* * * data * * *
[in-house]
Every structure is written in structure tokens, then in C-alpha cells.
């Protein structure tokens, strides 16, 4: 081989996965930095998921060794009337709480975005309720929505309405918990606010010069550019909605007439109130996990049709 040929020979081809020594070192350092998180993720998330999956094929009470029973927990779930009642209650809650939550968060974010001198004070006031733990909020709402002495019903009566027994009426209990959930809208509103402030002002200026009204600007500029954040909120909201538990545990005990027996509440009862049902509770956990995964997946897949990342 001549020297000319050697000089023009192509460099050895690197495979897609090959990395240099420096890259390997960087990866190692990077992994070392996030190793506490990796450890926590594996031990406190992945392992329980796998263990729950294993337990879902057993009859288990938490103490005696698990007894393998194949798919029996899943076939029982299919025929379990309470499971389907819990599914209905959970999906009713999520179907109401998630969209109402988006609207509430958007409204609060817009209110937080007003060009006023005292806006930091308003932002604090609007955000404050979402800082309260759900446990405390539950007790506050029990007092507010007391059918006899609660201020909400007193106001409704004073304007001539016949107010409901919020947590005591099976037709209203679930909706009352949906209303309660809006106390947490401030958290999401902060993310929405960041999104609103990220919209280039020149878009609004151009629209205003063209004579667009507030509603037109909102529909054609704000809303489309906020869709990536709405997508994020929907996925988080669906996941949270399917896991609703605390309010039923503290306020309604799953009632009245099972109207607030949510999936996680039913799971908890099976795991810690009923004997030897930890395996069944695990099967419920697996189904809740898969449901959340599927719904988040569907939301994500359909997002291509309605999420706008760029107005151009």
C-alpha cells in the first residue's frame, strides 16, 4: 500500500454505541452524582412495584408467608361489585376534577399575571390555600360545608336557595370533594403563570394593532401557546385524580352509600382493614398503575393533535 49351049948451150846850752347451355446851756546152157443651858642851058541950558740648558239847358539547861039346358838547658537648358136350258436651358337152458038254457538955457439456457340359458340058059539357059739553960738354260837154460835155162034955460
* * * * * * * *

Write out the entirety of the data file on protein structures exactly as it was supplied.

[in-house]
Every structure is written in structure tokens, then in C-alpha cells.
């Protein structure tokens, strides 16, 4: 081989996965930095998921060794009337709480975005309720929505309405918990606010010069550019909605007439109130996990049709 040929020979081809020594070192350092998180993720998330999956094929009470029973927990779930009642209650809650939550968060974010001198004070006031733990909020709402002495019903009566027994009426209990959930809208509103402030002002200026009204600007500029954040909120909201538990545990005990027996509440009862049902509770956990995964997946897949990342 001549020297000319050697000089023009192509460099050895690197495979897609090959990395240099420096890259390997960087990866190692990077992994070392996030190793506490990796450890926590594996031990406190992945392992329980796998263990729950294993337990879902057993009859288990938490103490005696698990007894393998194949798919029996899943076939029982299919025929379990309470499971389907819990599914209905959970999906009713999520179907109401998630969209109402988006609207509430958007409204609060817009209110937080007003060009006023005292806006930091308003932002604090609007955000404050979402800082309260759900446990405390539950007790506050029990007092507010007391059918006899609660201020909400007193106001409704004073304007001539016949107010409901919020947590005591099976037709209203679930909706009352949906209303309660809006106390947490401030958290999401902060993310929405960041999104609103990220919209280039020149878009609004151009629209205003063209004579667009507030509603037109909102529909054609704000809303489309906020869709990536709405997508994020929907996925988080669906996941949270399917896991609703605390309010039923503290306020309604799953009632009245099972109207607030949510999936996680039913799971908890099976795991810690009923004997030897930890395996069944695990099967419920697996189904809740898969449901959340599927719904988040569907939301994500359909997002291509309605999420706008760029107005151009």
C-alpha cells in the first residue's frame, strides 16, 4: 500500500454505541452524582412495584408467608361489585376534577399575571390555600360545608336557595370533594403563570394593532401557546385524580352509600382493614398503575393533535 49351049948451150846850752347451355446851756546152157443651858642851058541950558740648558239847358539547861039346358838547658537648358136350258436651358337152458038254457538955457439456457340359458340058059539357059739553960738354260837154460835155162034955460